First of all, this paper supports the clinician’s active assessment and treatment of the sequelae of parental exposure to interpersonal violent trauma. Secondly, this paper has empirically demonstrated that distorted maternal mental representations that were found in the large majority of a traumatized sample of mothers are significantly related to those mothers’ atypical behavior with their young children. Two clinical implications of this study are, therefore, that non-balanced, and in particular, distorted maternal mental representations may be useful risk-indicators: 1) in assessment of parent-child relationships cross-sectionally, and 2) in the assessment of change with intervention that targets caregiving behavior. All clinicians regardless of their discipline should routinely listen carefully to how parents talk about their children and their relationship with their children. Specifically, highly negative, markedly ambivalent, contradictory, or age-inappropriate descriptors—whether devaluing or idealizing of their children and/or relationship with their them, should be noted and explored in greater depth. These types of descriptors may well represent red flags that mark a significantly disturbed parent-child relationship that could benefit from dyadic intervention and/or require investigation by a child protective agency or protection by a victims’ services agency (i.e. domestic violence shelter or special victims unit of the police department) in the interest of maintaining the child’s and primary caregiver’s safety.
Open-ended demand questions in the course of assessment, such as “Tell me about your child…what is he/she like?” or “Tell me a story that captures the essence of your relationship with your child…, similar to items found in the WMCI, can be very clinically useful. In listening to the caregiver’s responses, the clinician is advised to note what of the caregiver’s narrative response is coherent versus incoherent, as well as to observe the caregiver’s emotional communication in terms of congruence, level of arousal, and positive versus negative affective valence in telling the story. Again, incoherence and affective incongruence may represent signs of significant disturbance in the child-parent relationship. Questions about what the caregiver is reminded of when she looks at her child, or sees a particular behavior enacted by her child can also be quite telling and can provide a bridge to hearing important, but otherwise avoided history of the caregiver’s caregivers and about other aspects of her interpersonal world.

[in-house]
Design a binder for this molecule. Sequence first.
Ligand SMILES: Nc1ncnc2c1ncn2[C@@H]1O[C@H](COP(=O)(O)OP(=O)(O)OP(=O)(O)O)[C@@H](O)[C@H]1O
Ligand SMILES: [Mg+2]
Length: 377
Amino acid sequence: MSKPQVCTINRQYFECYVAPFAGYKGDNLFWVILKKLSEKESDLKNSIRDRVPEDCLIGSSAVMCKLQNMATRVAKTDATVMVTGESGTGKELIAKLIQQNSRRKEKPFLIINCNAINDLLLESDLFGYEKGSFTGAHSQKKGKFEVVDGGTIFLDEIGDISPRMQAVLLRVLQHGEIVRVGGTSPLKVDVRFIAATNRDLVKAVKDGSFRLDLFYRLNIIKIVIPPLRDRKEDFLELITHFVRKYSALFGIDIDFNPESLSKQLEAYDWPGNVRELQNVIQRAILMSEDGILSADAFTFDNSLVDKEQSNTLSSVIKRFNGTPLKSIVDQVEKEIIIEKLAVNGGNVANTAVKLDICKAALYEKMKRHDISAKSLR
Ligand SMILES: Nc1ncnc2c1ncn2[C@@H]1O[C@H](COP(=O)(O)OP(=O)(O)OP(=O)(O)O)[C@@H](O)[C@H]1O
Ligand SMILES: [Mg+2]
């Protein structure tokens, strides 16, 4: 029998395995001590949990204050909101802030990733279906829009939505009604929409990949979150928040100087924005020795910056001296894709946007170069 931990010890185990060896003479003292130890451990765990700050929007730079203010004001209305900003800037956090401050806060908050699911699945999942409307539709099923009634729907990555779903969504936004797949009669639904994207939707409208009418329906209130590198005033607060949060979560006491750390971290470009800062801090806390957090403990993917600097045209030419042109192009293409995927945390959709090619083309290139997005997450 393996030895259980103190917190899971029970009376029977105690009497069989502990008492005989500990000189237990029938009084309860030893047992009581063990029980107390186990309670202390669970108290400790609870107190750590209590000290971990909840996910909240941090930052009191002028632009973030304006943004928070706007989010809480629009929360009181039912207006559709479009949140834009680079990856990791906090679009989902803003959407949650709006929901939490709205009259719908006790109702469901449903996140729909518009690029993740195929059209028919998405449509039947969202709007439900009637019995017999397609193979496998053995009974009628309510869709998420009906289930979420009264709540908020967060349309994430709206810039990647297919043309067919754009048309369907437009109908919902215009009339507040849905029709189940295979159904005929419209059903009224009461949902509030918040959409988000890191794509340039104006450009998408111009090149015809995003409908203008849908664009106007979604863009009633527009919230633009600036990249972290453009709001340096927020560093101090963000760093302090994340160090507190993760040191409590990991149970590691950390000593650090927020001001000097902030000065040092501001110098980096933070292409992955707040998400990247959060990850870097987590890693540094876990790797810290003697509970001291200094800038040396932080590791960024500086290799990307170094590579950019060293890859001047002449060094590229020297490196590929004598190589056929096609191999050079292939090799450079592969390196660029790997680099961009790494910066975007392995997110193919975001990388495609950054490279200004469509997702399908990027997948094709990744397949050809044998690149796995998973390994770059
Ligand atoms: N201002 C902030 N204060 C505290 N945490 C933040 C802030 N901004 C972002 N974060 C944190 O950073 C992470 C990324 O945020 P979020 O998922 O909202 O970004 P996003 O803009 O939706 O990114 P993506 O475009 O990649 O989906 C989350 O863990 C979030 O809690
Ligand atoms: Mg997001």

Finally, the authors would like to emphasize that the research presented in this paper is preliminary and has not yet been replicated with a control-group. Therefore, the authors do not recommend that the methods employed in this research paper be applied to assess parenting capacity in the clinical setting, especially in the absence of an experienced early childhood mental health specialist. Moreover, a caregiver’s history of victimization, complex PTSD and significant attachment disturbance(s) in her own life should not lead the clinician to assume anything about that particular caregiver’s capacity to parent her child. Knowledge of such a history by the clinician should rather lead the clinician during the assessment and treatment to support an empathic, reflective, and, when appropriate, positive regard for what that caregiver is able to do to foster her child’s relationship with her and that child’s healthy development in spite of any adversity that she may have experienced.
The authors wish to acknowledge the assistance of Drs. Susan Brunelli, Myron Hofer, John Grienenberger, Arietta Slade, Elissa Bronfman, and Karlen Lyons-Ruth with the research efforts leading to this paper. We also wish to acknowledge funders of the original research discussed in this paper: NIMH K23 MH068405, AACAP Pilot Research Award, International Psychoanalytical Association Research Advisory Board Grants, and Support of the Sackler Institute of Developmental Psychobiology at Columbia University to the first author. Data upon which this paper was based were presented as part of a Plenary Panel Presentation at the Conference on Interdisciplinary Responses to Trauma, Emory University, April 30, 2005.